Since its inception more than two decades ago, cloud computing has evolved into one of the most prominent technological advancements of our time. It has completely redefined business for countless organizations across the globe thanks to its far-reaching capabilities in the realms of data storage, server provisioning, analytics, and more.
Disaster recovery (DR) is another area in which the cloud excels. Using this environment as a vehicle for DR can alleviate much of the stress that comes with outages. In a traditional computing environment, it can be difficult to put all of the strategies in place to ensure that your business can continue in the face of a disaster. Between provisioning the necessary resources and maintaining them in house, the logistics of managing DR efforts often prove too complicated for many organizations to handle. As a result, they are left unprotected against outages and the penalties they can bring.
Additionally, the cloud streamlines DR, shouldering much of the burden for your company. Integrating DR into a cloud environment thus allows you to facilitate a much more robust strategy for business continuity and data protection.
Let’s review everything you should know about cloud disaster recovery:
What are the pros and cons of cloud-based DR?
Transforming your on-premises disaster recovery plan with cloud-based disaster recovery as a service (DRaaS) in mind can result in a slew of benefits, but it also comes with some drawbacks. Understanding the scope of these pros and cons will help you formulate a more effective DR strategy for the cloud.
Pro: It’s much faster than traditional DR
DRaaS has the biggest advantage against traditional DR when it comes to recovery times. In an on-premises setup, it could take you hours, days, or even weeks to bring all of your servers back online following an outage. This is because physical DR setups go live only while you are replicating data onto them or in the midst of a disaster. Since they are not available all the time, you won’t be able to boot them up instantaneously when dealing with an outage.
In comparison, cloud-based DR sites are available at a moment’s notice. When backing up your data, your provider will virtualize all of the contents of your servers and host them in a data center of their own. Should your in-house systems go down, the provider can retrieve your information using a virtual host in a matter of seconds.
Pro: Scaling is easy
Like any other “as a service” cloud offering, your provider will make their DRaaS solution available on a flexible, as-needed basis. Having scalable DR capabilities is essential for any business, as a company can quickly outgrow in-house recovery servers. Instead of needing to purchase additional hardware to accommodate for more workloads and data, your organization can simply provision more resources from your provider.
Con: You may experience issues with latency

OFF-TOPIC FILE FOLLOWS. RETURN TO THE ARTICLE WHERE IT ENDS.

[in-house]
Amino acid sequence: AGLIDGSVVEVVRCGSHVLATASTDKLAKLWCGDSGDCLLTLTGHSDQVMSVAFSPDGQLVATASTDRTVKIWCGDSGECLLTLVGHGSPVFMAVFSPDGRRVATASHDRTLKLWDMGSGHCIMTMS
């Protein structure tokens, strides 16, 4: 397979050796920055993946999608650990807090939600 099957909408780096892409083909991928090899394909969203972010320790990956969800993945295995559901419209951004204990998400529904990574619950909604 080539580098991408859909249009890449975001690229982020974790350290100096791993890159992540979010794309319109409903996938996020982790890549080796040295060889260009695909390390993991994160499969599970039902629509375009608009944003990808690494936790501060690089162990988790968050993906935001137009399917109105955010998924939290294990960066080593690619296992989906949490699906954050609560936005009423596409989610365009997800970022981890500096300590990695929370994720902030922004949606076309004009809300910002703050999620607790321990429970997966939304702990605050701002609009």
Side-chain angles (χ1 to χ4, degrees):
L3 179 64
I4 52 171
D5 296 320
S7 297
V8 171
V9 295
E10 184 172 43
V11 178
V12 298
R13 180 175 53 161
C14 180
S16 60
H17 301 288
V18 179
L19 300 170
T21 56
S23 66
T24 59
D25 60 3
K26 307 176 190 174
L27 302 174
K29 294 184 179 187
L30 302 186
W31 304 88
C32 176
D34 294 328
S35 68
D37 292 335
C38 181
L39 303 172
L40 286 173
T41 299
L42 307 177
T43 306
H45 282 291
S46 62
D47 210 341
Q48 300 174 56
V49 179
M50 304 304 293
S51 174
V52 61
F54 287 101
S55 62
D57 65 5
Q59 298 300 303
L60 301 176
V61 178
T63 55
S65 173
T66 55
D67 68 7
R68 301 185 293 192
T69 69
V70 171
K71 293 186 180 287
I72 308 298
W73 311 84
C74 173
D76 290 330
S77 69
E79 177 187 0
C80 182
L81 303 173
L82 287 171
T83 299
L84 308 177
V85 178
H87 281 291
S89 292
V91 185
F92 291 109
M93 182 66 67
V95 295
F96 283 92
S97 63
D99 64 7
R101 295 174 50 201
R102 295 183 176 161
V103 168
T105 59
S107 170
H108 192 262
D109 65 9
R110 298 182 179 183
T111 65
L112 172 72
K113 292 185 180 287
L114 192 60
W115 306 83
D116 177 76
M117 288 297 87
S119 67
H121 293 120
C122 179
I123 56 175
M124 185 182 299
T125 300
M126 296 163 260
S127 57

In order to provide the best protection for your organization’s data, your DRaaS provider will typically store copies of your resources in numerous sites in different geographic locations. This can be both a boon and a detriment to your company’s DR plan. On one hand, dispersing your information creates more protections against localized outages. On the other, using data centers that are too far from your location can lead to issues with latency. If your provider doesn’t have data centers close enough to you, then you may experience delays when attempting to recover your data in an emergency.
How to facilitate an effective DR plan
Migrating your DR capabilities to the cloud is not as easy as copying data and moving it to an offsite server. You must formulate a detailed plan, which should include considerations for what to move to the cloud, what type of DR will be best, and how you will ensure that your DR system works. Here are a few tips on how to create the most effective plan for DR:
Assess the current situation
You can’t begin your disaster planning until you get a look at the resources you have through an audit and business impact analysis (BIA). Start with your infrastructure. How much equipment do you have? How much data is contained within that equipment?
Then, you have to look a bit deeper and determine if the information you have stored in your on-premises environment is essential to your day-to-day operations. What types of risks could affect your data center and cause outages? More importantly, how would losing that data affect your business? Establishing a recovery time objective (RTO) will help you gauge how long your organization can go without access to your stored information before incurring serious repercussions. All of these factors will affect your cloud DR planning, so you should be as thorough as possible with your assessment.
Know your options for DR
Depending on your organization’s DR needs, you can choose one of several options for backing up and restoring your information. You could choose to back up your data to the cloud and restore it from that environment during a disaster. This recovers your information and moves it on premises.
Alternatively, you could choose to restore your stored data to the cloud. This involves the provisioning of virtual machines to restore your backups. If your organization has an incredibly short RTO, then you could choose to replicate applications and house them within cloud-based virtual machines.
Test your DR plan
Cloud-based DR gives you the opportunity to test your DRaaS solution, something that would be too complex to do on site. You should perform comprehensive DR testing on a regular basis, analyzing your setup’s ability to recover information to meet your RTO. Make sure to test all aspects of your recovery environment, from workloads to applications. This will allow you to pinpoint and address problems before facing a real disaster.